The Java class we just created is a placeholder for the current day real life scenario api, where an application performs a get request and gets some date. The addition to the serverless.yml is needed to notify Serverless of the existence of this class and how to call it. Because our provider is AWS, Serverless will use CloudFormation for this.

Deploying to AWS

After all this setup it is time to deploy towards AWS. This is the time to run mvn clean install (if you haven’t this already) to create the package that will be uploaded to AWS. After this has been done run serverless deploy -s dev the -s gives Serverless the info on what stage to deploy in this case dev. After running the above command, you will be greeted with rundown of what Serverless just deployed on your AWS account:

serverless deploy -s dev
Serverless: Packaging service...
Serverless: Uploading CloudFormation file to S3...
Serverless: Uploading artifacts...
Serverless: Uploading service hello-dev.jar file to S3 (3.22 MB)...
Serverless: Validating template...
Serverless: Updating Stack...
Serverless: Checking Stack update progress...
.................................
Serverless: Stack update finished...
Service Information
service: example-serverless
stage: dev
region: us-east-1
stack: example-serverless-dev
resources: 14
api keys:
  None
endpoints:
  GET - https://{uniqueurl}.execute-api.us-east-1.amazonaws.com/dev/time
functions:
  hello: example-serverless-dev-hello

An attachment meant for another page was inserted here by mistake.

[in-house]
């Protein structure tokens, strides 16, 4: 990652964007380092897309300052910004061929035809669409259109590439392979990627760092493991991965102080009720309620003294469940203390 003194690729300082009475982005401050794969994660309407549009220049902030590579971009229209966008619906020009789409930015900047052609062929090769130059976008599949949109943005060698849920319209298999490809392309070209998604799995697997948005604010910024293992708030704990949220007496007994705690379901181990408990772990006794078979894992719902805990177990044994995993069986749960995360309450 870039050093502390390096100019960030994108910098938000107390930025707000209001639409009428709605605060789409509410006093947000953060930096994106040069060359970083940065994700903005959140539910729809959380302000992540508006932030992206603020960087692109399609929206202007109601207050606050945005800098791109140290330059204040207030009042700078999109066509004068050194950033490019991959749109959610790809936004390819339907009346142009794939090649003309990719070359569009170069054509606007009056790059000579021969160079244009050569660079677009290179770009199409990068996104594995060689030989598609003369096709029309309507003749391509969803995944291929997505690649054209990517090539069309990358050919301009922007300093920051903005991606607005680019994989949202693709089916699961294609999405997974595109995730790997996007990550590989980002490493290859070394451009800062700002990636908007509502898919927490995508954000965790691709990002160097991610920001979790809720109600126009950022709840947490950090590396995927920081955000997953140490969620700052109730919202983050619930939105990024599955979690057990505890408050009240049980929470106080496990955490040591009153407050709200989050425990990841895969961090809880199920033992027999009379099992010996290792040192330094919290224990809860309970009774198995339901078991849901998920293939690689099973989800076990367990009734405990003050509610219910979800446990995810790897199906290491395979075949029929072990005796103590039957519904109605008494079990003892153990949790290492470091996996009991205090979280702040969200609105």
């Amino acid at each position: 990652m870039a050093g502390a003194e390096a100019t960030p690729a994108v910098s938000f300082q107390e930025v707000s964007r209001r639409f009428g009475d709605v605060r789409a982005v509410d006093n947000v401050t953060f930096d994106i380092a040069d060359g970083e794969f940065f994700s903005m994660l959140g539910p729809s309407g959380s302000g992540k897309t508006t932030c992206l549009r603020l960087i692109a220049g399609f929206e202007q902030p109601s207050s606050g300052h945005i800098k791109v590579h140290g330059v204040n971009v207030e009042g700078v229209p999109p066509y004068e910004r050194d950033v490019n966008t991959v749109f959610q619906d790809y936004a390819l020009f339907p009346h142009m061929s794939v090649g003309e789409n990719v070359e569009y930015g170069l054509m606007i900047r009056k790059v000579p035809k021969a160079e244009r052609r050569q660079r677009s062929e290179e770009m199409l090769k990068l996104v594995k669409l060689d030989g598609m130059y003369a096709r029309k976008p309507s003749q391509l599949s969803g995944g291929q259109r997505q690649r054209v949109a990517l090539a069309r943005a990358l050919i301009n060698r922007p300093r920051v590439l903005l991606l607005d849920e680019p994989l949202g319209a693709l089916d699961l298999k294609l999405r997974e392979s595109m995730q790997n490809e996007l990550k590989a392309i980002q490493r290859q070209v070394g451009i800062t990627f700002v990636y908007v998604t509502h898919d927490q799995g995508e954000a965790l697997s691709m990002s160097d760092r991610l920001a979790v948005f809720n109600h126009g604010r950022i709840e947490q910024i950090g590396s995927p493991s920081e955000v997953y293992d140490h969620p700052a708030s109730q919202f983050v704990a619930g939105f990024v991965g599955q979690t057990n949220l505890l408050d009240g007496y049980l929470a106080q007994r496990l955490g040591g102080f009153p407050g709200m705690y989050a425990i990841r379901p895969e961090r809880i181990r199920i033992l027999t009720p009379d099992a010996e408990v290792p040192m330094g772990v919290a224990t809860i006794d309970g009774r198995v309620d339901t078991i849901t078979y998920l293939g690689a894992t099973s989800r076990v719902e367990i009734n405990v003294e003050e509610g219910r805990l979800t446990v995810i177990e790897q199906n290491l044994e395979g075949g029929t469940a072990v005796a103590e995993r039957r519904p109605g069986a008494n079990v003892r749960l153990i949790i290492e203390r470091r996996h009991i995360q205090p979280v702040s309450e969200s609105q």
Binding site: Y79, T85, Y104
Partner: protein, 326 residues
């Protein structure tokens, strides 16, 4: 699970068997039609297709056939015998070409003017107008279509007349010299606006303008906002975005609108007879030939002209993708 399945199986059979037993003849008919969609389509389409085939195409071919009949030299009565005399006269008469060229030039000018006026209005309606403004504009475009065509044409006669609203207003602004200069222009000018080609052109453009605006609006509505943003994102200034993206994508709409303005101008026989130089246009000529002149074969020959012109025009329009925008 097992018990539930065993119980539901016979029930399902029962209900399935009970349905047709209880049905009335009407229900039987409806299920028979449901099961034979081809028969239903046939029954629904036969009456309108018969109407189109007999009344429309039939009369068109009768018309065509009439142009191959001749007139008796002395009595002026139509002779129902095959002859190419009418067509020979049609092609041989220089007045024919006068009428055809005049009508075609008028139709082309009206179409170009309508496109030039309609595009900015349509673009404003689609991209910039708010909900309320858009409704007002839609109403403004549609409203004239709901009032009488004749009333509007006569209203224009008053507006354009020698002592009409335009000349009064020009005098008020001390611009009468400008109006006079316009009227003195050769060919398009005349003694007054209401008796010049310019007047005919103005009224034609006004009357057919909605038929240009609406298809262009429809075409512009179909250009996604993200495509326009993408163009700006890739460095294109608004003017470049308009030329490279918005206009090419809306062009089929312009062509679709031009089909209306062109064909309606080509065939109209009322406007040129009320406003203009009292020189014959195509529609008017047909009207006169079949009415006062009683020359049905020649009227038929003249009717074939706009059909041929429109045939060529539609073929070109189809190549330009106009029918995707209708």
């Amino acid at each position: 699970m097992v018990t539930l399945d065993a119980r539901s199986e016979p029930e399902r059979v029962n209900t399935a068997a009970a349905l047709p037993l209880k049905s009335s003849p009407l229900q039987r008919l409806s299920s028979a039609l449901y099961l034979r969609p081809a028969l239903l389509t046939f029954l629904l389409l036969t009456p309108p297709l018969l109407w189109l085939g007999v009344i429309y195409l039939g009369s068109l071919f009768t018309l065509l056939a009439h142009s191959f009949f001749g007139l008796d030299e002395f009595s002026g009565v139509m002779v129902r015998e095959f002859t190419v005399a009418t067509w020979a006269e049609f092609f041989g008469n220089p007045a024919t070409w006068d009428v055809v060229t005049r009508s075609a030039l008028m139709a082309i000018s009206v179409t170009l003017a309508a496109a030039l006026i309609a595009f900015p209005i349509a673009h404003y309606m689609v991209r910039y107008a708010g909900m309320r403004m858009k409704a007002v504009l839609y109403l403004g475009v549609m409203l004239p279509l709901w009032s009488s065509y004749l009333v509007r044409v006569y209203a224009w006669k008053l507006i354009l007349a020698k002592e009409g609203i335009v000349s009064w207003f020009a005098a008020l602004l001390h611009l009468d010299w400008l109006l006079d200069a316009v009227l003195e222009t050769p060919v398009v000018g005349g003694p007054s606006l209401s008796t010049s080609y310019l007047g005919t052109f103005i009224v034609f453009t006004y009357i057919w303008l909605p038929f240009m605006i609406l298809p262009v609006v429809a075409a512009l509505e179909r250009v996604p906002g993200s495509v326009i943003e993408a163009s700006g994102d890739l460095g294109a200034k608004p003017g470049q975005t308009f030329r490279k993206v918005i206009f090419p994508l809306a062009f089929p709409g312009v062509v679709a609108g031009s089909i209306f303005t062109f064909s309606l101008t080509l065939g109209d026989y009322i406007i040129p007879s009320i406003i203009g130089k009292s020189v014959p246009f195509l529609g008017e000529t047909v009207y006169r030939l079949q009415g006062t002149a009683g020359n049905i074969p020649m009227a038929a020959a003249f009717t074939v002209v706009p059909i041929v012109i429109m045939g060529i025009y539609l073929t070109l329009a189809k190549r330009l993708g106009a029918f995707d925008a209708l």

currentTime: example-serverless-dev-currentTime
layers:
  None

You can see that the region is us-east-1, there is 1 endpoint available using GET and 2 functions available. To call the functions internally you can use the following command serverless invoke --function <name of function> This is usefull for debugging. But please use the https://{uniqueurl}.execute-api.us-east-1.amazonaws.com/dev/time to verify that it’s really available for the whole world.

As we haven’t defined a region in serverless.yml, it chooses the default region. In this case us-east-1. Lets change this to something else, but first let’s clean up using serverless remove. This will remove all the project info from our aws account on us-east-1.

Inside serverless.yml under provider add region: eu-west-1 and run the deploy command again serverless deploy -s dev, there is no need to run mvn clean install again as we haven’t changed any Java code. Now the Lambda should be deployed in eu-west-1 (better known as Ireland)

In the next blog I will be going in-depth on SQS, S3 and decoupling services using those two, using serverless.

All information in this blog is available in a git repo that you can find here: github